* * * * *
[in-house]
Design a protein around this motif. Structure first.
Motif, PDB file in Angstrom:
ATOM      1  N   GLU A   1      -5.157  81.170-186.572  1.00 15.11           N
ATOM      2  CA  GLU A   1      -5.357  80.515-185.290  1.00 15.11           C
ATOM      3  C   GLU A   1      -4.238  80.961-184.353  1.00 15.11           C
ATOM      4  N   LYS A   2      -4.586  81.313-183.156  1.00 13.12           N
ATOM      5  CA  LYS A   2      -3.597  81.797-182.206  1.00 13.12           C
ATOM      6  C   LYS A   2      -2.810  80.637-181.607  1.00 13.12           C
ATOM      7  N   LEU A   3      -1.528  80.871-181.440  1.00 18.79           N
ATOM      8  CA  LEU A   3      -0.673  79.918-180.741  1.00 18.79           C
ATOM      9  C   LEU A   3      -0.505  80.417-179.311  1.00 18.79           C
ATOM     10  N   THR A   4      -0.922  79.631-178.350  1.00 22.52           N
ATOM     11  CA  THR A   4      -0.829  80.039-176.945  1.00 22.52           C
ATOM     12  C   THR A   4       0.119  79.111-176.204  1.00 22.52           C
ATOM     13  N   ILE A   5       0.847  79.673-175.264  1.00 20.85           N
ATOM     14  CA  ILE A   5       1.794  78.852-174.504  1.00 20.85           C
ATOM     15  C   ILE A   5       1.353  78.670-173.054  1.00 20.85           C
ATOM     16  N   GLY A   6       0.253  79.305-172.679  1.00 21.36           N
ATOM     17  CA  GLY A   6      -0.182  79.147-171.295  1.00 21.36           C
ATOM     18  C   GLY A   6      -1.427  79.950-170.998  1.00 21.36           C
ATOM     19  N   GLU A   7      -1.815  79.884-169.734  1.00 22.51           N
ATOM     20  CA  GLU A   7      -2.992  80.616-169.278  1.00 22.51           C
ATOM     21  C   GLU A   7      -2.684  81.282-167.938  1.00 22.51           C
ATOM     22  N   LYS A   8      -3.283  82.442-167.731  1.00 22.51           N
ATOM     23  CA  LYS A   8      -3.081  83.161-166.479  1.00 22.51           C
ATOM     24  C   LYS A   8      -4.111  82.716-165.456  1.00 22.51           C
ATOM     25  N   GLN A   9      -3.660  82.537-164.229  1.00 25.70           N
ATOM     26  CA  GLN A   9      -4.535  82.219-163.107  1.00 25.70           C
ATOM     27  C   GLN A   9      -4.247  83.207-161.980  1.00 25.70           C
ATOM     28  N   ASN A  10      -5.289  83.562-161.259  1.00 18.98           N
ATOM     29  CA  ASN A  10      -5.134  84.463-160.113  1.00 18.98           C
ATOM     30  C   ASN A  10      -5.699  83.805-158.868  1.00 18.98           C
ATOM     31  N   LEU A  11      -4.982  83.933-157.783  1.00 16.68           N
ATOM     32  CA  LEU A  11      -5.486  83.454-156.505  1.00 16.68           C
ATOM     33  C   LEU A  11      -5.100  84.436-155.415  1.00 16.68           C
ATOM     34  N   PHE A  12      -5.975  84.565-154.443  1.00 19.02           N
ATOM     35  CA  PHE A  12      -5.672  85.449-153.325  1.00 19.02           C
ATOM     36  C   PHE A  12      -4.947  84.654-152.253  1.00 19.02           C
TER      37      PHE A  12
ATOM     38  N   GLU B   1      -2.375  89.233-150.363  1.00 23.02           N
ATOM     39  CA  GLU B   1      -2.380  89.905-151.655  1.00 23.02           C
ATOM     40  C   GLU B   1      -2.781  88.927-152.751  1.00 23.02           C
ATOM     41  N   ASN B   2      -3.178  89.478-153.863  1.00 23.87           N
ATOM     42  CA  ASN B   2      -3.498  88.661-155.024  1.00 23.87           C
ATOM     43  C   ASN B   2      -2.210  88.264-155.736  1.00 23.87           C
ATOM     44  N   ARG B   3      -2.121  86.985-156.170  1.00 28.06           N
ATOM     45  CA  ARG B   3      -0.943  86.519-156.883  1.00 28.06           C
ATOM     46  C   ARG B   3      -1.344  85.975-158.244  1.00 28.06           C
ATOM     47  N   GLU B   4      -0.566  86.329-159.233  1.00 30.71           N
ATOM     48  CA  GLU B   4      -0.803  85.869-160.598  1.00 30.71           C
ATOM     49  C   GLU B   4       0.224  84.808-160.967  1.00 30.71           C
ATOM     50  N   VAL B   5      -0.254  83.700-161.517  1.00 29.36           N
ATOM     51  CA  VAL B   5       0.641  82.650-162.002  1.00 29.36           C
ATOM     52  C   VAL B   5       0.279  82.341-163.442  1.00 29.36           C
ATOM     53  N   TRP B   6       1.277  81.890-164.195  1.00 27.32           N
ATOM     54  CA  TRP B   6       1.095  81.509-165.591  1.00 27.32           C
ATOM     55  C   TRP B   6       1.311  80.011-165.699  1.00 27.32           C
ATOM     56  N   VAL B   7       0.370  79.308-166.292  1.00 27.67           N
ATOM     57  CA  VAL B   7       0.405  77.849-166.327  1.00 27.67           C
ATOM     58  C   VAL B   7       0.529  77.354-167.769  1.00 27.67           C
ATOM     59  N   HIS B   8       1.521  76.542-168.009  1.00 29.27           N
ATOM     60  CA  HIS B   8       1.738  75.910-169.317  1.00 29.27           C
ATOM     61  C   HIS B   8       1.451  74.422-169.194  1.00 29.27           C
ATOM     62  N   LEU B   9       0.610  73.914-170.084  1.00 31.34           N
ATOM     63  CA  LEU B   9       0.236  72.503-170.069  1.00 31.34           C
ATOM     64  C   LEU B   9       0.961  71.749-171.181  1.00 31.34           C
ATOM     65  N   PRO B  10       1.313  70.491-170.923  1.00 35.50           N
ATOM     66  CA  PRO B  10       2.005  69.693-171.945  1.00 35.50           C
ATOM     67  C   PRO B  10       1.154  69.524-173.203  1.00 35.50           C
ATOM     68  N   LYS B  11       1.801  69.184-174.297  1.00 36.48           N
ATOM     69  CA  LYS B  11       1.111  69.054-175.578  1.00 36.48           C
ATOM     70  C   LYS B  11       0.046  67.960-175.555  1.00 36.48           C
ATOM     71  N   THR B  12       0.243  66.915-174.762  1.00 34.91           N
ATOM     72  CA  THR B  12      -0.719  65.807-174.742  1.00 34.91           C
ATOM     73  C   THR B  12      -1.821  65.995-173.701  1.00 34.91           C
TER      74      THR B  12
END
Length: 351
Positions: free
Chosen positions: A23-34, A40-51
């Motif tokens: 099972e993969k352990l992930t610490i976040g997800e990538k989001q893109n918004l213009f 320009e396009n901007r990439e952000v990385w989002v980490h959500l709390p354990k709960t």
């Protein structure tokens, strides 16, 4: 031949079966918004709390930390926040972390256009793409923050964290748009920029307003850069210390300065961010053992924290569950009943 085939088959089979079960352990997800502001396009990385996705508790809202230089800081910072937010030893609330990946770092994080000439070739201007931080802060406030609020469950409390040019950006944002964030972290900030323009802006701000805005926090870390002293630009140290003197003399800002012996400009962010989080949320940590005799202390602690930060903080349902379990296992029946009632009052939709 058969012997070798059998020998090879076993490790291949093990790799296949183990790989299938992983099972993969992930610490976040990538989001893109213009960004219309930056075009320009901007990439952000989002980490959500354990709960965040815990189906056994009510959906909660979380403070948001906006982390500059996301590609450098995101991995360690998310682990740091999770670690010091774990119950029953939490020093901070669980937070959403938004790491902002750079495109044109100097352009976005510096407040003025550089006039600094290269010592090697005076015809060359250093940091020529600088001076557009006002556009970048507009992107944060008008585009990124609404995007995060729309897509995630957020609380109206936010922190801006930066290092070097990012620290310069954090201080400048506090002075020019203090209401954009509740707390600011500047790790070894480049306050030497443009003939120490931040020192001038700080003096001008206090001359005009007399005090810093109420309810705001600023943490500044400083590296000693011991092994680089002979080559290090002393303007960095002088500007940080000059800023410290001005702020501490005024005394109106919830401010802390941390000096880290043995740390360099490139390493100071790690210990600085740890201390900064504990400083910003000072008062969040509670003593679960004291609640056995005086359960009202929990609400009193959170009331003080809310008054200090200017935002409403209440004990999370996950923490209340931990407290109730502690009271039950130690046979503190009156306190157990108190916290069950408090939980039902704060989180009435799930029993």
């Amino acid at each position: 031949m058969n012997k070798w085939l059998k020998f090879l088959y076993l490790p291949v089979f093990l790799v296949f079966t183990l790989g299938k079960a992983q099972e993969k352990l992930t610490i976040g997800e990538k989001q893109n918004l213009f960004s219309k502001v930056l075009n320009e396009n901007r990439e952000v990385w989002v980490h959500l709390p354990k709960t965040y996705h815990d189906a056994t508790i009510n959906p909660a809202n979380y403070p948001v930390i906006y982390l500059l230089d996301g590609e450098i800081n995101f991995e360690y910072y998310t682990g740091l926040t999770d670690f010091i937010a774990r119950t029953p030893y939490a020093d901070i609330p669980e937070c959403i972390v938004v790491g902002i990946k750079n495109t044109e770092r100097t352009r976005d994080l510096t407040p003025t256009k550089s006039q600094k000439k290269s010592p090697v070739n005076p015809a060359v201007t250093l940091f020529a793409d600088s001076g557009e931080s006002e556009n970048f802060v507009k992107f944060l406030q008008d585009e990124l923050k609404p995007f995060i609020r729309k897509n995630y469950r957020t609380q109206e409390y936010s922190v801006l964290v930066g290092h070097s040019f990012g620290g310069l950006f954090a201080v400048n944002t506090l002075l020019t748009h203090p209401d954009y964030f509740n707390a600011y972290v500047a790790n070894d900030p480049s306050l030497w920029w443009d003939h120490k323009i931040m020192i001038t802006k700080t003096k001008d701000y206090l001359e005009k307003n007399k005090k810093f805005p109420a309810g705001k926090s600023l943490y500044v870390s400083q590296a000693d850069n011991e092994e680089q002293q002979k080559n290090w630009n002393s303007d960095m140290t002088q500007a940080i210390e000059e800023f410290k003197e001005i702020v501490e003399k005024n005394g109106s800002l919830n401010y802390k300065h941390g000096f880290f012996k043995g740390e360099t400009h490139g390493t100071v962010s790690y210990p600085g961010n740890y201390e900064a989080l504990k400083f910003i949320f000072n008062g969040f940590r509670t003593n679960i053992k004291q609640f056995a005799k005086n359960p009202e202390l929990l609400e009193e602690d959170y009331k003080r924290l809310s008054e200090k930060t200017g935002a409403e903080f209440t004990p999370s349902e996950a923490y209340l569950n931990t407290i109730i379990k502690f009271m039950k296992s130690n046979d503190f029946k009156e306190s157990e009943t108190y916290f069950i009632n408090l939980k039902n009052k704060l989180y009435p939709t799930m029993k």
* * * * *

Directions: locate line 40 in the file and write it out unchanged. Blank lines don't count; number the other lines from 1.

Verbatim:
TER      37      PHE A  12